Showing posts from 2009

This Blog Has Moved!

Right, so yes, five years ago I moved to github pages, and never bothered to redirect any of these pages there. Now I've moved on from there, and... Finally I am using my real domain, . My blog is now at .  See you there!

Comments on representations of our industry

I have not (yet) seen the presentation this post is referring to.  But I think many of the comments Ted makes are very valid, and our industry as a whole should occasionally stop and think.  I've seen Ted speak at QCon, and I've had a lot of time for his comments ever since. I'm aware that this blog is rapidly filling with comments about gender and perceptions and people-y stuff, when I originally wanted it to be a purely technical blog.  But I guess this other stuff interests me more.  And there are less people talking about it than there are talking about pure technical solutions to problems.

Why changing jobs frequently is not necessarily a bad thing... fact, it's actually a good thing .

Sexism in IT?

Let's celebrate our IT women "Everyone" knows that there are more men than women in IT.  That it's a "boys" job.  Not a lot of people know that the first programmer was a woman.  Not a lot of people realise the number of women in IT is DECREASING.  And has been since the 80s.  In a working world where I honestly believe that *in general* there are more opportunities for women (OK, inline with the other stuff I've been reading I'll caveat this with white, middle-class women), it seems shocking that such a growth industry as IT is actually losing women, and appears unable to determine why, or stop the flow. I get asked a lot, as a girl programmer, why there aren't more women in IT.  This is a complicated issue and one I've been thinking about for years and still don't have any good answers, but I personally think it's more about perception than anything else. I don't think it's because you get more outright sexism and laddish be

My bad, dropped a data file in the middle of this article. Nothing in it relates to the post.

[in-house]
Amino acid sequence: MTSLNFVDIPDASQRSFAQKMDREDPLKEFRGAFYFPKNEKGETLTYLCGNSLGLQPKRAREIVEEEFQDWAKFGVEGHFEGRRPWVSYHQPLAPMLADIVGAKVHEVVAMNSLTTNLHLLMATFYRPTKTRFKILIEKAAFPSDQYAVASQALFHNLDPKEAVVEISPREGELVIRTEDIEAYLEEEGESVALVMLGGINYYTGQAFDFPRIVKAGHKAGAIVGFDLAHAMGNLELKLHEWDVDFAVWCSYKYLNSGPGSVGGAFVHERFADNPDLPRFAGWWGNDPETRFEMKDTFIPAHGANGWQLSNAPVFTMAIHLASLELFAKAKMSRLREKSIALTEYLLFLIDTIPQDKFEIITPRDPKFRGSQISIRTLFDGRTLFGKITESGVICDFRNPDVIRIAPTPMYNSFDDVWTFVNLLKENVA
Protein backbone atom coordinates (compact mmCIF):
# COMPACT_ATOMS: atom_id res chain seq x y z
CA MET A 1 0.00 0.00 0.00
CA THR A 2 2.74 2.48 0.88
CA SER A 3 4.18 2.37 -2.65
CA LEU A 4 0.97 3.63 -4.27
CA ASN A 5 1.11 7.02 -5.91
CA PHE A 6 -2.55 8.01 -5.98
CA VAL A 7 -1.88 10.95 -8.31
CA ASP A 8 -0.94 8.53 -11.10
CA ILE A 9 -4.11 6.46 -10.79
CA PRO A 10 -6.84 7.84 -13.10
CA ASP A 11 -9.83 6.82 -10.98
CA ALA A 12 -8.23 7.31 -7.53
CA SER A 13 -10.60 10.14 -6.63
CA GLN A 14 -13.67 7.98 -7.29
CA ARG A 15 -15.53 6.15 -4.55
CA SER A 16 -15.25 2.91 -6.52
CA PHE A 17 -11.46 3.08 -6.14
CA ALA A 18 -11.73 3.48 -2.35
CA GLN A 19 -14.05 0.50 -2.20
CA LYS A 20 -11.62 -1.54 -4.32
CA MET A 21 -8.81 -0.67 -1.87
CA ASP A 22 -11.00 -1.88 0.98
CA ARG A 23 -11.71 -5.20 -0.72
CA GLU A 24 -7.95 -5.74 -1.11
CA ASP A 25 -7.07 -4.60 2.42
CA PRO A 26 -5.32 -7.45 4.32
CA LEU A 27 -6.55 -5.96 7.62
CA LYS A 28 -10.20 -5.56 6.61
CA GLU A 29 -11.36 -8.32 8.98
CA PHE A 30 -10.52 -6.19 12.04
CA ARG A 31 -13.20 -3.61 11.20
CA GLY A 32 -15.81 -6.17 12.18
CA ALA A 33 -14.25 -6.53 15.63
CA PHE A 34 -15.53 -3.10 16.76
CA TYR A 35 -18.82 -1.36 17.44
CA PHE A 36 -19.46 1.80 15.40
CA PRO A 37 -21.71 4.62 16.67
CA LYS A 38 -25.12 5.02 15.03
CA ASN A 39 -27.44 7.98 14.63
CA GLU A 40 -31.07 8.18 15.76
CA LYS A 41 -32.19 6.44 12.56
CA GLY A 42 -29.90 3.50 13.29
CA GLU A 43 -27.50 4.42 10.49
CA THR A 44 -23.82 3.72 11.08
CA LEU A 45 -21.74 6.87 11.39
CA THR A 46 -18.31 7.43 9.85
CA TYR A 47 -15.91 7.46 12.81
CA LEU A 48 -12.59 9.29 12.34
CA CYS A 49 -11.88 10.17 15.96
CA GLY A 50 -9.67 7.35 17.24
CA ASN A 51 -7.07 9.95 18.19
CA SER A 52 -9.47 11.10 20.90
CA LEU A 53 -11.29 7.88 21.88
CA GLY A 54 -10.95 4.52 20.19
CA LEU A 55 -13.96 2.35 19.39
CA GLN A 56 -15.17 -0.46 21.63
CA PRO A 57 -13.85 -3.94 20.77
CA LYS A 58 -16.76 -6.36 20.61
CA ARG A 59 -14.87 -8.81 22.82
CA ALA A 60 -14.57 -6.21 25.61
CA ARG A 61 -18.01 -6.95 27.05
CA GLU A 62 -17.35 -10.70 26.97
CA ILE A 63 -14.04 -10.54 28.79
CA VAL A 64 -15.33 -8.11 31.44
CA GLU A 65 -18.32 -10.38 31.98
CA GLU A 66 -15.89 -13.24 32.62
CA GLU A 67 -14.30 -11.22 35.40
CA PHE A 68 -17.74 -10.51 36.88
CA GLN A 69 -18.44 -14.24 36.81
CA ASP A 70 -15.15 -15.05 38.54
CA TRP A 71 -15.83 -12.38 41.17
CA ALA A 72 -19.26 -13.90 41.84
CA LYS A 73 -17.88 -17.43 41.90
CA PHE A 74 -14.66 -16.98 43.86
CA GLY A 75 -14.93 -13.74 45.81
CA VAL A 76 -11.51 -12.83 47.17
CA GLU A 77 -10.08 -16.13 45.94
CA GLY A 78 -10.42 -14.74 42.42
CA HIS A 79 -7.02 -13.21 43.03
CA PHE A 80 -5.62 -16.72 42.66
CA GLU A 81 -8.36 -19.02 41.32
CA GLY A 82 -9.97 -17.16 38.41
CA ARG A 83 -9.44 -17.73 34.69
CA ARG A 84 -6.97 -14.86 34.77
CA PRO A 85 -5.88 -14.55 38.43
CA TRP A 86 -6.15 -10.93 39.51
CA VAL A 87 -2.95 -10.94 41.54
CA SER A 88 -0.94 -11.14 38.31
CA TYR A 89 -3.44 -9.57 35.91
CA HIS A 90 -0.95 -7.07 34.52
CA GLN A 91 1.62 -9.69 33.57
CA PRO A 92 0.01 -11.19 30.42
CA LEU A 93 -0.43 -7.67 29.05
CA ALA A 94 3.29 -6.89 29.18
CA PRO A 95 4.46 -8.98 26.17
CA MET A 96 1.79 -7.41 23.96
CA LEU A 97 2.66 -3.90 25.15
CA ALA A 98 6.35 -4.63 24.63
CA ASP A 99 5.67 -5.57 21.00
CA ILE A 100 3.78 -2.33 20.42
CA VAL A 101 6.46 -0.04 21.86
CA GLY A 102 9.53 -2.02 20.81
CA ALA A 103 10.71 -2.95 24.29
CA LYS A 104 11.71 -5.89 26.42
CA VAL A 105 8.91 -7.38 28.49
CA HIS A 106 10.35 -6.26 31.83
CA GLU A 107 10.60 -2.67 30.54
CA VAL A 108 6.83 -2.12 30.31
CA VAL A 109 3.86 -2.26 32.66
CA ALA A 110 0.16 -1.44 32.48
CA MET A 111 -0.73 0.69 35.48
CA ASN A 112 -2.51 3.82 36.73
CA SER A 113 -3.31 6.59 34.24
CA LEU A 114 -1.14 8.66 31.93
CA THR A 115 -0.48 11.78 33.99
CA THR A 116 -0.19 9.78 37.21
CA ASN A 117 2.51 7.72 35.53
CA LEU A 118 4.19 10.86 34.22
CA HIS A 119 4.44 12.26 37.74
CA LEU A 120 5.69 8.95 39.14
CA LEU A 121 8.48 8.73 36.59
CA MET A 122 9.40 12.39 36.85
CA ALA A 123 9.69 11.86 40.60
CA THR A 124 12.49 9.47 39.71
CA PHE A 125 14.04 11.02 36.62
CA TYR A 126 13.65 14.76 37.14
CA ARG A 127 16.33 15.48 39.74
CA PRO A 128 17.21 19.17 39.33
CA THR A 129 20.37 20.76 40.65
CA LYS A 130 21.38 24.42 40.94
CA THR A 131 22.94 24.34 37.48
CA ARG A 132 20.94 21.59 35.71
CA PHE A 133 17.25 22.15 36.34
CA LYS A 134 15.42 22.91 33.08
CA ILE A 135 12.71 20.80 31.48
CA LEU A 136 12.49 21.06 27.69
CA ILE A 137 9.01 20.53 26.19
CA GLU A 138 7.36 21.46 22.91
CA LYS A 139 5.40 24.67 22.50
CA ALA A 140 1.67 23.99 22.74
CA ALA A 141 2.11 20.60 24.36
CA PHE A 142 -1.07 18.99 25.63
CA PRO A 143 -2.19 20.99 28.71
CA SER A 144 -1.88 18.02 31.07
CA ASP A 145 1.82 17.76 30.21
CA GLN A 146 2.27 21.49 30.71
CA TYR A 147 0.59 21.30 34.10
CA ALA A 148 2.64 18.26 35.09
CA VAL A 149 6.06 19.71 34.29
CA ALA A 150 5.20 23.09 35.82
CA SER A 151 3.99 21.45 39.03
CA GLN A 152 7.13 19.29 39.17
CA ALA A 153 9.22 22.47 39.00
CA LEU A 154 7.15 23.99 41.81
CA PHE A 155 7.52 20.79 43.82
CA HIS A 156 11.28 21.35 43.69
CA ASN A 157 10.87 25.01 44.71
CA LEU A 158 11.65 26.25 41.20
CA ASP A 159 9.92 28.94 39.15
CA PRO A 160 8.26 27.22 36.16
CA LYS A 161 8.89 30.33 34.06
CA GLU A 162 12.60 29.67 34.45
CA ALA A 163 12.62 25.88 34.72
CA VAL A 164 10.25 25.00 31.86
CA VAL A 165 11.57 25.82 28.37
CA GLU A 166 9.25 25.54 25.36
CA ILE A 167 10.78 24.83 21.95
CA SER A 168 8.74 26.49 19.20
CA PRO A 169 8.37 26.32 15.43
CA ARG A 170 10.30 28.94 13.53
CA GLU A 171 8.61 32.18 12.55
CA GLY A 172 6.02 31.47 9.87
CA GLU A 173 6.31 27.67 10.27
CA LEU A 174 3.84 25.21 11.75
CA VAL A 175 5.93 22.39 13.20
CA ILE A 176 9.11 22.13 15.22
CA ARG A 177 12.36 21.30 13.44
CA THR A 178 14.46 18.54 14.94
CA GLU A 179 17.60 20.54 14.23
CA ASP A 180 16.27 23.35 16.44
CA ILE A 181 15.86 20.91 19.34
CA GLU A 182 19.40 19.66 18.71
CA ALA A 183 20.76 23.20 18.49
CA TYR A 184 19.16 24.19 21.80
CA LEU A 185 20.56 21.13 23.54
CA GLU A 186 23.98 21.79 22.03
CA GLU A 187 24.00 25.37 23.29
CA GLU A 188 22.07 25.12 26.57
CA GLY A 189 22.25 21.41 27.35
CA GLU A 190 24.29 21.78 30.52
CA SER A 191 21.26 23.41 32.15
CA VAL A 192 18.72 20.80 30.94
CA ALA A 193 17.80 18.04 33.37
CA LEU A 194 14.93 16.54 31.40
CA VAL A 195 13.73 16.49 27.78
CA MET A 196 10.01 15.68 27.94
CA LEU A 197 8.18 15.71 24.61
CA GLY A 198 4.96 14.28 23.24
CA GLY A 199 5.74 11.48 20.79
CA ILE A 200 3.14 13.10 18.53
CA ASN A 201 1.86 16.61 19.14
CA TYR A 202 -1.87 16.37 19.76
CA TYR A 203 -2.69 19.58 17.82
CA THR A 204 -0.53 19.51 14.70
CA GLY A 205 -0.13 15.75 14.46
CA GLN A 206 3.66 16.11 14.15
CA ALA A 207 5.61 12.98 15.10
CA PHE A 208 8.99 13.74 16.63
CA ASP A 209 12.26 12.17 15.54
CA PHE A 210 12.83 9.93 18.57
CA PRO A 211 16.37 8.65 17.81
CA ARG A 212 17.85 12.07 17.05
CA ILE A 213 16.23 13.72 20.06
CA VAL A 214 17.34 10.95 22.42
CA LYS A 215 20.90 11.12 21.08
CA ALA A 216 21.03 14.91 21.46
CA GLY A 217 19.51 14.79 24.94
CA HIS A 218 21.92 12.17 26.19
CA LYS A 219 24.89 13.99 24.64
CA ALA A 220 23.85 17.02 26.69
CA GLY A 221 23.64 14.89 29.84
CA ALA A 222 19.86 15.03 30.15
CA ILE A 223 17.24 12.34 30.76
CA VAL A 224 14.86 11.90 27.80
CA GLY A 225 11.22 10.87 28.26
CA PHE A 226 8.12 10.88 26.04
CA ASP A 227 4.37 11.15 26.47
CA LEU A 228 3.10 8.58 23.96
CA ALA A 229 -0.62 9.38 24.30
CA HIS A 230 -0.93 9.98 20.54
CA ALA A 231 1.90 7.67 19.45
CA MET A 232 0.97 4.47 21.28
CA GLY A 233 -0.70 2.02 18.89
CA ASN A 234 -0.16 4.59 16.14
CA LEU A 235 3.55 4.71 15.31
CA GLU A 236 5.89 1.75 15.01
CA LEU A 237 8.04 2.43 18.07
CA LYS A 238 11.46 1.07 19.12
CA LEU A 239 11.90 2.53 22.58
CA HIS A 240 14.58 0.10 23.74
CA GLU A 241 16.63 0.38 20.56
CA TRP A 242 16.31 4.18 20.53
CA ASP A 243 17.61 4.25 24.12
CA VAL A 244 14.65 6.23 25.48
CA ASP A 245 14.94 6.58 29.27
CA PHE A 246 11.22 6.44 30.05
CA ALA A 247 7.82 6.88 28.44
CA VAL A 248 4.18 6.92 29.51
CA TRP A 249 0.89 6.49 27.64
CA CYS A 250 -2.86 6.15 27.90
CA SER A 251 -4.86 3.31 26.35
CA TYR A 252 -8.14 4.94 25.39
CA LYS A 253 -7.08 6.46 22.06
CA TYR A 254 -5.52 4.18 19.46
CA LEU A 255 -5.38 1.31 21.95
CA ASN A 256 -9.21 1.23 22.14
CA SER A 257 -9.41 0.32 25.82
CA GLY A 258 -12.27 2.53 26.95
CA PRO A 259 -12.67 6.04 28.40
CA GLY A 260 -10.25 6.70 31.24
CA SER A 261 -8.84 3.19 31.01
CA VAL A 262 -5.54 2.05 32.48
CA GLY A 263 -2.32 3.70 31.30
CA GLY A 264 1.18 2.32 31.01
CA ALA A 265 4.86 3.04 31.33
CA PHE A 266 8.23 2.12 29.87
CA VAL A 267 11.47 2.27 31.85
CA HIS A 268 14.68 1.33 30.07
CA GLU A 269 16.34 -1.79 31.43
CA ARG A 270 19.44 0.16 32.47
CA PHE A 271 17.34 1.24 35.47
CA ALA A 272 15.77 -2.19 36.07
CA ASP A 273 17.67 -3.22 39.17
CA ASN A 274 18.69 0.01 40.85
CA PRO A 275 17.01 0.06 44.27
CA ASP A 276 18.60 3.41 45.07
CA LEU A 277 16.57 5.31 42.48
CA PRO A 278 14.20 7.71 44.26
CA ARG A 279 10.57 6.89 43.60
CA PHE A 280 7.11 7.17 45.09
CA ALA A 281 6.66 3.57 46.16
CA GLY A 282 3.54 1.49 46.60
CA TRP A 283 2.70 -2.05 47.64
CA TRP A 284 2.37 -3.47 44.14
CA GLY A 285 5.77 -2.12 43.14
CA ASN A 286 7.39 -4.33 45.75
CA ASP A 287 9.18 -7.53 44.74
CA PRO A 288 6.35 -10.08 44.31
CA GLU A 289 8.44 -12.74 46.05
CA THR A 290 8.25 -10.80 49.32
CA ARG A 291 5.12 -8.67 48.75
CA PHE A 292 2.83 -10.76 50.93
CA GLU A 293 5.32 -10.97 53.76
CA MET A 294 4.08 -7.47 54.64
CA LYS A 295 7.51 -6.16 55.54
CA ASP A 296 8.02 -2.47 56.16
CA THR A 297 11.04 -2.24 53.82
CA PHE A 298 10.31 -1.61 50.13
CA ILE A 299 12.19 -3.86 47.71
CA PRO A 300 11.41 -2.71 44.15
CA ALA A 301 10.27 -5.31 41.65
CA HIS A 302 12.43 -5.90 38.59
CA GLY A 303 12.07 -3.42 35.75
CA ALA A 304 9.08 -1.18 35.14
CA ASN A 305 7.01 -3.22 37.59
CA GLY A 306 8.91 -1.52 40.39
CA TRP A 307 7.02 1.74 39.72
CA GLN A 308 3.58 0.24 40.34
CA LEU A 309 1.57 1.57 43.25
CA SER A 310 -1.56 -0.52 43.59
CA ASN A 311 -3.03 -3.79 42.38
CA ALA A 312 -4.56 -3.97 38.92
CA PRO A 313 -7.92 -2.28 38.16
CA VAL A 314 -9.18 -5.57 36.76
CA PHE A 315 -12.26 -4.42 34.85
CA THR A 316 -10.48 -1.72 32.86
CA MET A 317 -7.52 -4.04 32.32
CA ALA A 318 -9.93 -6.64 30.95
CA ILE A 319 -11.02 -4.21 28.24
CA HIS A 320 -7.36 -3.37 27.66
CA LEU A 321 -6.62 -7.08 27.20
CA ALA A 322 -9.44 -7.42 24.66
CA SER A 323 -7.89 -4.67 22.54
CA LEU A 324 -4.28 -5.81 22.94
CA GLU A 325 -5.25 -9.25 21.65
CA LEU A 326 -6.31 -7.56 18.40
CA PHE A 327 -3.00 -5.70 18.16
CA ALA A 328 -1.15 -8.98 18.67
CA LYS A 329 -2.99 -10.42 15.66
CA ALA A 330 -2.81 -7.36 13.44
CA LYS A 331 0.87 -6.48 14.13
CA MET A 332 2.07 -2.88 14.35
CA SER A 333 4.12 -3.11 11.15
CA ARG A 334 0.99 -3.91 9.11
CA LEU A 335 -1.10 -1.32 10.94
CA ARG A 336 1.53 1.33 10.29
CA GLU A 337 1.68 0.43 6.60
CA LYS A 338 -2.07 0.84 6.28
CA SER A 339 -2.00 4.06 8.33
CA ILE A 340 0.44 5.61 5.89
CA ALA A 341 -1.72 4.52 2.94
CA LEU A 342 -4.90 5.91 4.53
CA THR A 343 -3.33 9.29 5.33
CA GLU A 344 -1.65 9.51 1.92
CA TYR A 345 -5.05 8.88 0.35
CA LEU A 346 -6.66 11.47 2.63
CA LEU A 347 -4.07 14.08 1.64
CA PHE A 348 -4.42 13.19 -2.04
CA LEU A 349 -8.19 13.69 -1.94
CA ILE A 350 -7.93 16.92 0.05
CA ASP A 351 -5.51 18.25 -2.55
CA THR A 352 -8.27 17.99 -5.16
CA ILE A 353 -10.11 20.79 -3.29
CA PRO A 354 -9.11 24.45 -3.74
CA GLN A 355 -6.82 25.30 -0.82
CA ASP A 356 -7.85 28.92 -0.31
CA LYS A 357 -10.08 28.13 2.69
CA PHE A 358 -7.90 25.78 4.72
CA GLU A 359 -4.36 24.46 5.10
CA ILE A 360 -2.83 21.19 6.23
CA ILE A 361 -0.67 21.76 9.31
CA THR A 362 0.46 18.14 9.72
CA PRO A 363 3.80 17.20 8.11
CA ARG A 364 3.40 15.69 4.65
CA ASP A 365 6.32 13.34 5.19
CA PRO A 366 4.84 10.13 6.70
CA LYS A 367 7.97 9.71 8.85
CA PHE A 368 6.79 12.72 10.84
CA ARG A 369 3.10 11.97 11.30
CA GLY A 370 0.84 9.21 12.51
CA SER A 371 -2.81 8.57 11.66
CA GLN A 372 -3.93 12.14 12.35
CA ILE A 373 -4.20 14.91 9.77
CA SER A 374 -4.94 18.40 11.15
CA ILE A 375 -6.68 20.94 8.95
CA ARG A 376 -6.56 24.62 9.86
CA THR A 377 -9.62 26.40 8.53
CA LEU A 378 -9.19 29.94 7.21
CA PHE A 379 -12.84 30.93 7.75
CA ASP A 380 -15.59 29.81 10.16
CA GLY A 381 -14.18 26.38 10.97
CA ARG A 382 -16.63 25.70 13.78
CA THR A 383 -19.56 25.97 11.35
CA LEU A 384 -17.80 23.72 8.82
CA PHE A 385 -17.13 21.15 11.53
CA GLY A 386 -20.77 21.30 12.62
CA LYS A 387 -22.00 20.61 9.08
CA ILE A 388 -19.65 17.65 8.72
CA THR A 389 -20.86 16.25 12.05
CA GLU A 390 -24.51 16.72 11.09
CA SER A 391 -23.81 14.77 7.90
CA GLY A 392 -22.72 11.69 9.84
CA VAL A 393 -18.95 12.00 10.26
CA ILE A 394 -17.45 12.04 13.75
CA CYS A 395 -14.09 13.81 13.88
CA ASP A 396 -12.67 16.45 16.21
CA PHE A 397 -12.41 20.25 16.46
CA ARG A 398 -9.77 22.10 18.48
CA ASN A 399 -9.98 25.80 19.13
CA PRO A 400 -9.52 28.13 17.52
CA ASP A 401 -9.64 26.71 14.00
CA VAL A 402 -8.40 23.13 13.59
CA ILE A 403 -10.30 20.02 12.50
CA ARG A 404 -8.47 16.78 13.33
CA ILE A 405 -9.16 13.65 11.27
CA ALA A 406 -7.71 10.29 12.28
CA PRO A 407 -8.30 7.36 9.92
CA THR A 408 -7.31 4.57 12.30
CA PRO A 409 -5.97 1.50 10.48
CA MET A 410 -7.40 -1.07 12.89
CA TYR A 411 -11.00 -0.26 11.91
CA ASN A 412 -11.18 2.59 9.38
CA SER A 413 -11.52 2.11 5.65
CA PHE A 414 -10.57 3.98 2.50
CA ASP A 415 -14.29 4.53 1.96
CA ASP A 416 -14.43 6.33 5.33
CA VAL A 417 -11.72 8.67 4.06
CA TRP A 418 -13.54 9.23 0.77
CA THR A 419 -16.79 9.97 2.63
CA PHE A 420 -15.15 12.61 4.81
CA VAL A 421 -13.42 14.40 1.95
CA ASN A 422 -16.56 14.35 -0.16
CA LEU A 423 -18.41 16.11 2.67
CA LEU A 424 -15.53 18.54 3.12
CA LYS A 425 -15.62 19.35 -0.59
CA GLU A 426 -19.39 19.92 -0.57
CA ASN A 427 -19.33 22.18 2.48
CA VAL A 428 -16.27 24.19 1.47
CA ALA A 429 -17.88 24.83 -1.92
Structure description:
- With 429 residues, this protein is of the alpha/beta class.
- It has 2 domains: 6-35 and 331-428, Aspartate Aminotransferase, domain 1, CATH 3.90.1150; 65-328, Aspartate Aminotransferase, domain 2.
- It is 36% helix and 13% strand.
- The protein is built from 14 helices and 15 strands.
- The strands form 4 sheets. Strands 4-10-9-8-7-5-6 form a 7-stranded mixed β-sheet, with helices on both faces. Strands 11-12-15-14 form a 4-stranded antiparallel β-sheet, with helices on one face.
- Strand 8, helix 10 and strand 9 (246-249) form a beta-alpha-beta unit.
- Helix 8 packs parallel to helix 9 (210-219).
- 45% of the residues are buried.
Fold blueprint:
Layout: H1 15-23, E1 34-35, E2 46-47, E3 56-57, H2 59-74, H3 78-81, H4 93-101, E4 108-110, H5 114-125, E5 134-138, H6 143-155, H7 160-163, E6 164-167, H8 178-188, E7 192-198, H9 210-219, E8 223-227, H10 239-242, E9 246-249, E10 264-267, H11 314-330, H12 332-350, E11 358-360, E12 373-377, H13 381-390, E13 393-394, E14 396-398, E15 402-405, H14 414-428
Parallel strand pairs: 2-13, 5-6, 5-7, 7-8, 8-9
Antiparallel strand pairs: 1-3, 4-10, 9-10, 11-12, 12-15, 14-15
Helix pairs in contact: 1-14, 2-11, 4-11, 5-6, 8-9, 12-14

Scrum but...

Having experience Flaccid Scrum , I find this article interesting, and agree with most of it. I'd also like to add though, that if you do the scrum practices (story cards, stand ups, retrospectives, etc) but don't buy into the fundamental principals, you will not succeed.  And that means everyone on the team, not just the people in charge.  In particular, if the team is not empowered, is not committing to the estimates and the iteration plan in its heart, and and does not trust, then you are probably better off using traditional processes.  Or just as likely to fail whatever process you use.

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